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E.F. v. Astrue


August 6, 2008


The opinion of the court was delivered by: John T. Curtin United States District Judge

Plaintiff E.F., a minor, by his parent Maribel Reyes, initiated this action pursuant to 42 U.S.C. §405(g) to review the final determination of the Commissioner of Social Security ("Commissioner") denying his application for Supplemental Social Security income ("SSI") benefits.*fn2 The Commissioner has filed a motion for judgment on the pleadings (Item 8), and plaintiff has cross-moved for the same relief (Item 25) pursuant to Fed. R. Civ. P 12(c). For the following reasons, the Commissioner's motion is granted, and plaintiff's cross-motion is denied.


Plaintiff was born on November 9, 1990 (T. 66).*fn3 He applied for SSI benefits on March 14, 2002 alleging a disability onset date of November 8, 1993 (Id.) The application was denied on June 21, 2002 (T. 33-36). Plaintiff then requested an administrative hearing, which was held on September 7, 2004 before Administrative Law Judge ("ALJ") William R. Pietz and where he appeared with a paralegal representative (T. 365-77). On October 27, 2004, the ALJ issued an unfavorable decision, finding that plaintiff was not disabled and not entitled to SSI benefits (T. 24-31). The ALJ's decision became the Commissioner's final determination when the Appeals Council denied plaintiff's request for review on June 10, 2005 (T. 6-9). On August 9, 2005, plaintiff instituted this action, seeking judicial review of the Commissioner's final determination (Item 1). The Commissioner filed an answer on December 23, 2005 (Item 6). Thereafter, the Commissioner moved for judgment on the pleadings on March 23, 2006 (Item 8), and after seven requests for an extension of time, the plaintiff cross-moved for the same relief on March 14, 2008 (Item 25). The Commissioner filed a reply to the motion on April 4, 2008 (Item 26). For the reasons that follow, the plaintiff's motion is denied, and the Commissioner's motion is granted.


I. Scope of Judicial Review

Under the Social Security Act, an individual under the age of 18 is entitled to SSI benefits when he or she has a medically determinable physical or mental impairment which results in marked and severe functional limitations and which can be expected to result in death or which has lasted or can be expected to last for a continuous period of not less than 12 months. 42 U.S.C. § 1382c(a)(3)(C)(I).

The Act states that, upon district court review of the Commissioner's decision, "[t]he findings of the [Commissioner] as to any fact, if supported by substantial evidence, shall be conclusive . . . ." 42 U.S.C. §405(g). Substantial evidence is defined as evidence which "a reasonable mind might accept as adequate to support a conclusion." Richardson v. Perales, 402 U.S. 389, 401 (1971) (quoting Consolidated Edison Co. v. NLRB, 305 U.S. 197, 229 (1938)); see also Tejada v. Apfel, 167 F.3d 770, 773-74 (2d Cir. 1999). Under these standards, the scope of judicial review of the Commissioner's decision is limited, and the reviewing court may neither try the case de novo nor substitute its findings for those of the Commissioner. Richardson, 402 U.S. at 401. "The court's sole inquiry is 'whether the record, read as a whole, yields such evidence as would allow a reasonable mind to accept the conclusions reached' by the Commissioner." Winkelsas v. Apfel, 2000 WL 575513, at *2 ( W.D.N.Y. February 14, 2000) (quoting Sample v. Schweiker, 694 F.2d 639, 642 (2d Cir. 1982).

However, "[b]efore the insulation of the substantial evidence test comes into play, it must first be determined that the facts of a particular case have been evaluated in light of correct legal standards." Gartmann v. Sec'y of Health and Human Servs., 633 F. Supp. 671, 680 (E.D.N.Y. 1986) (quoting Klofta v. Mathews, 418 F. Supp. 1139, 1141 (E.D.Wis. 1976). The Commissioner's determination cannot be upheld when it is based on an erroneous view of the law that improperly disregards highly probative evidence. Tejada, 167 F.3d at 773.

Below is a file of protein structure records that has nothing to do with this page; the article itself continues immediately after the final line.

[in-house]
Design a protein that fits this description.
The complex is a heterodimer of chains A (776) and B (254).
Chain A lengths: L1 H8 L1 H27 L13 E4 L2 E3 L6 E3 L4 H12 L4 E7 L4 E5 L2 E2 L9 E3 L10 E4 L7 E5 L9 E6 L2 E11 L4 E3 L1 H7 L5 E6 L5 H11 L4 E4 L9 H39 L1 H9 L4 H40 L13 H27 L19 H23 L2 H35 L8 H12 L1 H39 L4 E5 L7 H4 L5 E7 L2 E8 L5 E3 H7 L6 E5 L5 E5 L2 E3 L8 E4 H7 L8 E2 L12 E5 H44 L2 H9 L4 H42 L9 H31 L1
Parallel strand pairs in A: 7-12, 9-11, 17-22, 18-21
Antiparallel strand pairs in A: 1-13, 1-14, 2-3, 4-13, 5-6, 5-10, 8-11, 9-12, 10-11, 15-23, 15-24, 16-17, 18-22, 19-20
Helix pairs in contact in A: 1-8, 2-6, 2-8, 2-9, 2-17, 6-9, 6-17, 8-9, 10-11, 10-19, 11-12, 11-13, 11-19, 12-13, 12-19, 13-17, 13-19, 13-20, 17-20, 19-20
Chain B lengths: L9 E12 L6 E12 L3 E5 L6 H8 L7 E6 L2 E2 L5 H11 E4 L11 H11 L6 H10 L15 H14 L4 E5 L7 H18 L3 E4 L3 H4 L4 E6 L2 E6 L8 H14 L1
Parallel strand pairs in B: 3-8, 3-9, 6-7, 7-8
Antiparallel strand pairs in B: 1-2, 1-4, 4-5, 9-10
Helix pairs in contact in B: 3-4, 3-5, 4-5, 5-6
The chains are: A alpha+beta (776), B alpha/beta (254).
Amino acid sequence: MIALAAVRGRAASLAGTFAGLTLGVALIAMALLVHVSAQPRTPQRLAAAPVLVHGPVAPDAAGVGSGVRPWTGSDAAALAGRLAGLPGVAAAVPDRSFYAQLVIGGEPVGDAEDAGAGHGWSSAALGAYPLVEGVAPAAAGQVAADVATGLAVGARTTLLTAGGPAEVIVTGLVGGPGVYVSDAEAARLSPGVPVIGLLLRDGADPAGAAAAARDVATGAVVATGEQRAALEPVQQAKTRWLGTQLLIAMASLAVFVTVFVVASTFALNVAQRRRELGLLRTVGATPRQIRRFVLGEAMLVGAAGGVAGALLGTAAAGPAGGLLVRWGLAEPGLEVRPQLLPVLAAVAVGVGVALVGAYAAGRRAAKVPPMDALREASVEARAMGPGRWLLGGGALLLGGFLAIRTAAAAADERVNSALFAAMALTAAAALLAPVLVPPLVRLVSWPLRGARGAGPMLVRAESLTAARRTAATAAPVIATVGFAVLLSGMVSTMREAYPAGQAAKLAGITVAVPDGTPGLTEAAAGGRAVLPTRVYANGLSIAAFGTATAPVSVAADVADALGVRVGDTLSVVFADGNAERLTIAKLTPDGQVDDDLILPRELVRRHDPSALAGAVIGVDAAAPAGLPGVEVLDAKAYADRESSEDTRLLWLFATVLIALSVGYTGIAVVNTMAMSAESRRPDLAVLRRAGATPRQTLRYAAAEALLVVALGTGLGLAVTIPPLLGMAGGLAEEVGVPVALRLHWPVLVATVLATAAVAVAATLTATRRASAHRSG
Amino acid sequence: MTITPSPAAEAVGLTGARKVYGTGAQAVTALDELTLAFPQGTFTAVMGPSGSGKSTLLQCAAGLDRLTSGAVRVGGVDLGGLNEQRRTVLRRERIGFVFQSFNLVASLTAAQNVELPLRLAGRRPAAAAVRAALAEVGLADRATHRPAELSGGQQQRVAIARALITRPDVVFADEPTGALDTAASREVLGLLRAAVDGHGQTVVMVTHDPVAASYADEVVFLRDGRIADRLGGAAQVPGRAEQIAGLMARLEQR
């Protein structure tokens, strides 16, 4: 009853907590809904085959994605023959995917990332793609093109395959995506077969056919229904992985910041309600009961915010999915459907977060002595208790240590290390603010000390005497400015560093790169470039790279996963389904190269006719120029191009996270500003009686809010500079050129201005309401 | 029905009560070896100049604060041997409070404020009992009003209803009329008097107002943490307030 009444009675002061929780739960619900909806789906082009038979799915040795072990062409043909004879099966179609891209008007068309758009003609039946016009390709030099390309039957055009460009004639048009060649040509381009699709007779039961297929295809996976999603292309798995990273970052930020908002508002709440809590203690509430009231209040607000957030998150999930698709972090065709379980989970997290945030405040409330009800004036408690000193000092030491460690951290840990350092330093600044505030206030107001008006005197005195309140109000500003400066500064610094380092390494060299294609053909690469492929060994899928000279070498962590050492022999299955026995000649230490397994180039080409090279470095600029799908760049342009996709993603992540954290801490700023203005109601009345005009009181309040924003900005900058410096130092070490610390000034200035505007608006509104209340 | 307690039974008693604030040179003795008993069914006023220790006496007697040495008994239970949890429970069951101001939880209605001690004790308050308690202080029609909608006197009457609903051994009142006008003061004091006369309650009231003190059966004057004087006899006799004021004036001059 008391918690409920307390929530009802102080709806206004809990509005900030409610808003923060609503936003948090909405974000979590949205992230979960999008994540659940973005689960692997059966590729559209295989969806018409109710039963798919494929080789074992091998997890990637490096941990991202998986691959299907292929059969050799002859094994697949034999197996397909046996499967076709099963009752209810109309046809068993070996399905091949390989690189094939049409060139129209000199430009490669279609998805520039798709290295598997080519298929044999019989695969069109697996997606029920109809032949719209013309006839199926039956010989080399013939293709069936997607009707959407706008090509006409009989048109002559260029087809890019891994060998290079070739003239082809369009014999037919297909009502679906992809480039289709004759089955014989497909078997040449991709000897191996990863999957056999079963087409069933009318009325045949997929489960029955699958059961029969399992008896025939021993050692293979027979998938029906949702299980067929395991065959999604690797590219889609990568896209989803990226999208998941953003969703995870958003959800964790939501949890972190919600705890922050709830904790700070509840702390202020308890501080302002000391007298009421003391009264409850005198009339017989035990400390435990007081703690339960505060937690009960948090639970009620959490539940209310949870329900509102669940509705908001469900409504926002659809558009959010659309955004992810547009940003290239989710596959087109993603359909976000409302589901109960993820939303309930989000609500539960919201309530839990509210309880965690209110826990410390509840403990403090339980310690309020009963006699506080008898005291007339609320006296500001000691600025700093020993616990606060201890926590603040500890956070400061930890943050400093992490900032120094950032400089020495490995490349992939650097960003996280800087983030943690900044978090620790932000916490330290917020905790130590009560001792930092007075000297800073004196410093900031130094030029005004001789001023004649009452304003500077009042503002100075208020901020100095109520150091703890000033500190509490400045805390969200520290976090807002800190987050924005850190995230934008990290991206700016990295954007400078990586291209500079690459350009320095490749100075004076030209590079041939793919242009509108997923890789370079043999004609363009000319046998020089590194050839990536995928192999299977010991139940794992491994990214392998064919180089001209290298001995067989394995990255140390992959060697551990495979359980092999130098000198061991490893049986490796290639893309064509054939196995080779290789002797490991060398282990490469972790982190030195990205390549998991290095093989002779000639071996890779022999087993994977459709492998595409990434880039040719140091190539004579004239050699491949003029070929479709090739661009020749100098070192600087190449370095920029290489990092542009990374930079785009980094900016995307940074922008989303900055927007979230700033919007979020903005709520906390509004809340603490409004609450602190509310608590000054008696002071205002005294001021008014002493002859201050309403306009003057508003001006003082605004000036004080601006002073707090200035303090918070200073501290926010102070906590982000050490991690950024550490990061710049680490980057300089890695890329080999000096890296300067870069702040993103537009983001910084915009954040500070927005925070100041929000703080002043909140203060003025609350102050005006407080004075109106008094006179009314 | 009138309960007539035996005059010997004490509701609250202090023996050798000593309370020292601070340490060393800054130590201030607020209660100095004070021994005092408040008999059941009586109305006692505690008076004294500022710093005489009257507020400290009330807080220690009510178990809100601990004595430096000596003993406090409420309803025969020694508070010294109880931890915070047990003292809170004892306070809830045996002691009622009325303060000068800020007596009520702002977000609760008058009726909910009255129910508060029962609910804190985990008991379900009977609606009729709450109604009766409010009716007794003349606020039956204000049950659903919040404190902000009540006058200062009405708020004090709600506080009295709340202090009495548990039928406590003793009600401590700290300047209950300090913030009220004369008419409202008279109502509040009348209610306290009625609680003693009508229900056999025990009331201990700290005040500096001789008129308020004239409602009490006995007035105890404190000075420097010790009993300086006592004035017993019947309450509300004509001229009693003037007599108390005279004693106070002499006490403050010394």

II. Standards for Determining Eligibility for Disability Benefits

The regulations set forth a sequential process for the ALJ to follow in evaluating SSI claims for minor children. See 20 C.F.R. §416.924. First, the ALJ must determine whether the child has engaged in substantial gainful activity. If so, the child is ineligible for SSI benefits. 20 C.F.R. § 416.924(b). If the child has not engaged in substantial gainful activity, the second step requires an evaluation of whether the child suffers from an impairment or combination of impairments that cause more than a minimal functional limitation. 20 C.F.R. § 416.924(c). If the child's impairment is severe, the ALJ then must determine whether it meets or equals the criteria of an impairment found in 20 C.F.R. § 404, Subpart P, Appendix 1 (the "Listings"). If the impairment meets or equals a listed impairment, the claimant will be found to be disabled. 20 C.F.R. § 416.924(d)(1). If the claimant does not have a listed impairment, the ALJ must assess the child's functional limitations caused by the impairments by considering six domains: (i) acquiring and using information; (ii) attending and completing tasks; (iii) interacting and relating with others; (iv) moving about and manipulating objects; (v) caring for oneself; and (vi) health and physical well-being. 20 C.F.R. § 416.926a(b)(1). A finding of disability is warranted if a "marked" limitation is found in any two of the listed domains. 20 C.F.R. § 416.926a(a); Ramos v. Barnhart, 2003 WL 21032012, at *8 (S.D.N.Y. May 6, 2003). A "marked limitation" exists when the impairment "interferes seriously with [the claimant's] ability to independently initiate, sustain, or complete activities." 20 C.F.R. § 416.926a(e)(2)(I). Functional equivalence is obtained by a finding of an "extreme" limitation, meaning "more than marked," in a single domain. 20 C.F.R. § 416.926a(a); Ramos, 2003 WL 21032012, at *8. An "extreme limitation" is an impairment which "interferes very seriously with [the claimant's] ability to independently initiate, sustain, or complete activities." 20 C.F.R. § 416.926a(e)(3)(i).